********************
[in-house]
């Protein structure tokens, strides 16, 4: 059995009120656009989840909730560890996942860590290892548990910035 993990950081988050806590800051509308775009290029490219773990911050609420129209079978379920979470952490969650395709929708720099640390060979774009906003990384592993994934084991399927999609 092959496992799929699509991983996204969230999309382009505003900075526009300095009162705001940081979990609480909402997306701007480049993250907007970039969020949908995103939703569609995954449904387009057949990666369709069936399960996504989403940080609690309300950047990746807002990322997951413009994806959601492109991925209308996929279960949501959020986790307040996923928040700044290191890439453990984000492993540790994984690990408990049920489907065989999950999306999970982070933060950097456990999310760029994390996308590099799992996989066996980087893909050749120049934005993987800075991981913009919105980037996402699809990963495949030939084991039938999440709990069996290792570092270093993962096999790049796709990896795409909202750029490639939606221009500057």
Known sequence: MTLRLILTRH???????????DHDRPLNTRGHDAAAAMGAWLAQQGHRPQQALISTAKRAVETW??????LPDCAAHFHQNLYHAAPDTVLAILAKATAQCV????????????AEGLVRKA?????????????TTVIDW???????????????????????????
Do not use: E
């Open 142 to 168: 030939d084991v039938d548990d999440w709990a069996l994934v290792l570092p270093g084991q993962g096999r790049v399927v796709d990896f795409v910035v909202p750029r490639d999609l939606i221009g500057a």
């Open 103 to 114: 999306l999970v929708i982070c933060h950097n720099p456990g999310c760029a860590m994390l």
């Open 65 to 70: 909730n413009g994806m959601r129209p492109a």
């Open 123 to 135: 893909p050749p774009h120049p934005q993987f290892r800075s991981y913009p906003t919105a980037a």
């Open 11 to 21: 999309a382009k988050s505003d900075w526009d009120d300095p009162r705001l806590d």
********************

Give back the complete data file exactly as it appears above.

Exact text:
[in-house]
């Protein structure tokens, strides 16, 4: 059995009120656009989840909730560890996942860590290892548990910035 993990950081988050806590800051509308775009290029490219773990911050609420129209079978379920979470952490969650395709929708720099640390060979774009906003990384592993994934084991399927999609 092959496992799929699509991983996204969230999309382009505003900075526009300095009162705001940081979990609480909402997306701007480049993250907007970039969020949908995103939703569609995954449904387009057949990666369709069936399960996504989403940080609690309300950047990746807002990322997951413009994806959601492109991925209308996929279960949501959020986790307040996923928040700044290191890439453990984000492993540790994984690990408990049920489907065989999950999306999970982070933060950097456990999310760029994390996308590099799992996989066996980087893909050749120049934005993987800075991981913009919105980037996402699809990963495949030939084991039938999440709990069996290792570092270093993962096999790049796709990896795409909202750029490639939606221009500057």
Known sequence: MTLRLILTRH???????????DHDRPLNTRGHDAAAAMGAWLAQQGHRPQQALISTAKRAVETW??????LPDCAAHFHQNLYHAAPDTVLAILAKATAQCV????????????AEGLVRKA?????????????TTVIDW???????????????????????????
Do not use: E
């Open 142 to 168: 030939d084991v039938d548990d999440w709990a069996l994934v290792l570092p270093g084991q993962g096999r790049v399927v796709d990896f795409v910035v909202p750029r490639d999609l939606i221009g500057a």
């Open 103 to 114: 999306l999970v929708i982070c933060h950097n720099p456990g999310c760029a860590m994390l």
């Open 65 to 70: 909730n413009g994806m959601r129209p492109a």
């Open 123 to 135: 893909p050749p774009h120049p934005q993987f290892r800075s991981y913009p906003t919105a980037a």
């Open 11 to 21: 999309a382009k988050s505003d900075w526009d009120d300095p009162r705001l806590d």